Kennedy was elected to the House of Representatives in 1946, 1948, and 1950 for the state of Massachusetts. In 1952 and 1958, he was elected a senator from Massachusetts, and served in the Senate until resigning after he was elected president in 1960. It was a passage from Herbert Agar's book The Price of Union about an act of courage by an earlier senator from Massachusetts, John Quincy Adams, that gave Kennedy the idea of writing about senatorial courage. He showed the passage to Sorensen and asked him to see if he could find some more examples. This Sorensen did, and eventually they had enough not just for an article, as Kennedy had originally envisaged, but a book. With help from research assistants and the Library of Congress, Kennedy wrote the book while bedridden during 1954 and 1955, recovering from back surgery.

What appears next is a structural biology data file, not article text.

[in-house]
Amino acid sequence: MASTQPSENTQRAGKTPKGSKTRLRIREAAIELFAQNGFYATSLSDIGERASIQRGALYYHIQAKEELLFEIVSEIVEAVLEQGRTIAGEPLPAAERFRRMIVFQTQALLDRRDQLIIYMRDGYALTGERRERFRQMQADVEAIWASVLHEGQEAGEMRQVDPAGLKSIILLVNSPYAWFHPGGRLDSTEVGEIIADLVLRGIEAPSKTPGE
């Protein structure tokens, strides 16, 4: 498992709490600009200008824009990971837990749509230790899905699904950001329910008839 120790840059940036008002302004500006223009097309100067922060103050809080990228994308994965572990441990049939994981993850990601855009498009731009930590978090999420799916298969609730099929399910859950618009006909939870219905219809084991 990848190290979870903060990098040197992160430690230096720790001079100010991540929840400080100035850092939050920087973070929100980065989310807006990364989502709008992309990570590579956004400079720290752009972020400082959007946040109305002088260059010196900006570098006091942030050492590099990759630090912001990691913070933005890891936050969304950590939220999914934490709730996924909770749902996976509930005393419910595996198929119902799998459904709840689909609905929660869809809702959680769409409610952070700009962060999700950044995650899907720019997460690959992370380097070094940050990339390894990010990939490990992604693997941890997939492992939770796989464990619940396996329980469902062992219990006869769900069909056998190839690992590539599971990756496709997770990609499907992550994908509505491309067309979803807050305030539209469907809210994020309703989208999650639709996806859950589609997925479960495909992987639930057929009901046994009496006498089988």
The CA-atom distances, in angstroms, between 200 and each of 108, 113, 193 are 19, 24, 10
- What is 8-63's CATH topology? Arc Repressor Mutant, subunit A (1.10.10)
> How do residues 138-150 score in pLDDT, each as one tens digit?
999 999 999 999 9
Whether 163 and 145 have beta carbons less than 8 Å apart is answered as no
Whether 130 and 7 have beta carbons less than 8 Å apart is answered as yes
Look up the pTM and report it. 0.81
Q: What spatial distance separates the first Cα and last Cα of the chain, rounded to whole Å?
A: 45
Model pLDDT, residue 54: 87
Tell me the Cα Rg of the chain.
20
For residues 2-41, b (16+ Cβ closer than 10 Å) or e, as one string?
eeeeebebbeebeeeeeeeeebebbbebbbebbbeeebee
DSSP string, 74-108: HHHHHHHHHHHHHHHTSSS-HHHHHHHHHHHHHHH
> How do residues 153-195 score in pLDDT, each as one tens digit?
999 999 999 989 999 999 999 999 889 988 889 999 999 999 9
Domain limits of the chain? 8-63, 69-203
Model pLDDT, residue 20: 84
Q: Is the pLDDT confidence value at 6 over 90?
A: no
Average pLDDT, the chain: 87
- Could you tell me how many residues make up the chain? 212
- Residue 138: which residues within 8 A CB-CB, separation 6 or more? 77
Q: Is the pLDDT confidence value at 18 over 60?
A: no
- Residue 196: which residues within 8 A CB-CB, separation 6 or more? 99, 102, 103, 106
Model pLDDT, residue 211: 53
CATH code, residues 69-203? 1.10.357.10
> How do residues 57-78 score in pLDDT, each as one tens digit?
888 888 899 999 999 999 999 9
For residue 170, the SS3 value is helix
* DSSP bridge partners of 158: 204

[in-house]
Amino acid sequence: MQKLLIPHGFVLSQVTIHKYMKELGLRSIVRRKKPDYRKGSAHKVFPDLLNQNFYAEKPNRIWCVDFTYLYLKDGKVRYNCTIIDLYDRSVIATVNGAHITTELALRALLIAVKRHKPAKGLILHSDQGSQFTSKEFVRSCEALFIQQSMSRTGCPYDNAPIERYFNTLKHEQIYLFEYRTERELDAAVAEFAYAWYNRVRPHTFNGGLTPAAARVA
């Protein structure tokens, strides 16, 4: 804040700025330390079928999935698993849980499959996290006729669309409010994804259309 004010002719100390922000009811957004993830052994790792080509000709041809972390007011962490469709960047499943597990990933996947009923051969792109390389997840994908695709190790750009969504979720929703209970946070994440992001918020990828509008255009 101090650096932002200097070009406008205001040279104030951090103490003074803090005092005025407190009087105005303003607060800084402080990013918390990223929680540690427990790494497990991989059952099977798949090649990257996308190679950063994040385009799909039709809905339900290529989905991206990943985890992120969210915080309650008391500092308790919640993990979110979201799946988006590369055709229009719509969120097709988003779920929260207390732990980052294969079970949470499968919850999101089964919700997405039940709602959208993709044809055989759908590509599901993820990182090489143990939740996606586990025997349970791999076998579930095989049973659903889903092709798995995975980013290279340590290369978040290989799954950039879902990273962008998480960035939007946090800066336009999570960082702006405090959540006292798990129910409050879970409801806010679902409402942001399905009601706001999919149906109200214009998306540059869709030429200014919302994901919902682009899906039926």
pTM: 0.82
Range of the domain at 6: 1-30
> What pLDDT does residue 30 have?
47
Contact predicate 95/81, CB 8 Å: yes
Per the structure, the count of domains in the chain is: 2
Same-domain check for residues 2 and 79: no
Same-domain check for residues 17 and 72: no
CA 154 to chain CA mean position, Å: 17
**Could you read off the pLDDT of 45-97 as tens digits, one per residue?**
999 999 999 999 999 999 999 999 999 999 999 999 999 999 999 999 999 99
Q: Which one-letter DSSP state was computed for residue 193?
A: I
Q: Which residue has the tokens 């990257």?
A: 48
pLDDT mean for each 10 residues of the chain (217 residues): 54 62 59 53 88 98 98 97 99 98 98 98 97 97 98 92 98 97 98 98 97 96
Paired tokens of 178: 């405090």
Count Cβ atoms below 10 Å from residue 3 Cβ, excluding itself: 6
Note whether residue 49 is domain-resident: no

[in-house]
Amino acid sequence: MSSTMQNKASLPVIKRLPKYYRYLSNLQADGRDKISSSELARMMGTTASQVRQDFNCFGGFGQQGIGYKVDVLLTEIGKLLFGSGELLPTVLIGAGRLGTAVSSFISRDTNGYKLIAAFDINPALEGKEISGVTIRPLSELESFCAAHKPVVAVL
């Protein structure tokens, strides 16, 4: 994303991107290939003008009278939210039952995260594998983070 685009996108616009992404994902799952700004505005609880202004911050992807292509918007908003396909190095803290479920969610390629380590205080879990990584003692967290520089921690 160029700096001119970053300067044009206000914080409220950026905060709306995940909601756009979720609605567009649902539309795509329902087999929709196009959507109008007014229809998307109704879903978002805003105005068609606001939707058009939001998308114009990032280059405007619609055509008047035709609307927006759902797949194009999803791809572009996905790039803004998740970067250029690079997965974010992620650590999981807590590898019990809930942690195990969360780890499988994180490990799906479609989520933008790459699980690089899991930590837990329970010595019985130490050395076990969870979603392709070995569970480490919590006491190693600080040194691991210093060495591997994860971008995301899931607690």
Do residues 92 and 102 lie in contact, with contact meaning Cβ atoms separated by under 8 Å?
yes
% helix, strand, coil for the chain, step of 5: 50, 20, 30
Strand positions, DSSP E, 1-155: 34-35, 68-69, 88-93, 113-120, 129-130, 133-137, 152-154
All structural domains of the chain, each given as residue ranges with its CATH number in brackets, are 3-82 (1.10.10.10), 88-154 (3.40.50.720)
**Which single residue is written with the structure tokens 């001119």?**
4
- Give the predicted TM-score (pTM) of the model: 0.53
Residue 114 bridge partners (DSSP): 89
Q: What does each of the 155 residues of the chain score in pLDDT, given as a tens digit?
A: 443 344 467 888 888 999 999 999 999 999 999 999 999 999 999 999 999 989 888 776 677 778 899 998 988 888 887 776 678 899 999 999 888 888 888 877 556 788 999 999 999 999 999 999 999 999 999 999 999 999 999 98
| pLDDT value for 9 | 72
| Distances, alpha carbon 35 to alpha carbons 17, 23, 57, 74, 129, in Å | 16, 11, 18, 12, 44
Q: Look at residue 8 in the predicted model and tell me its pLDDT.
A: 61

Interaction between the White House and broadcast television was expanded considerably by the Kennedy administration. The television adaptation of his book Profiles in Courage is a significant example of Kennedy's noted use of television to promote himself and his political positions as part of what was called the New Frontier.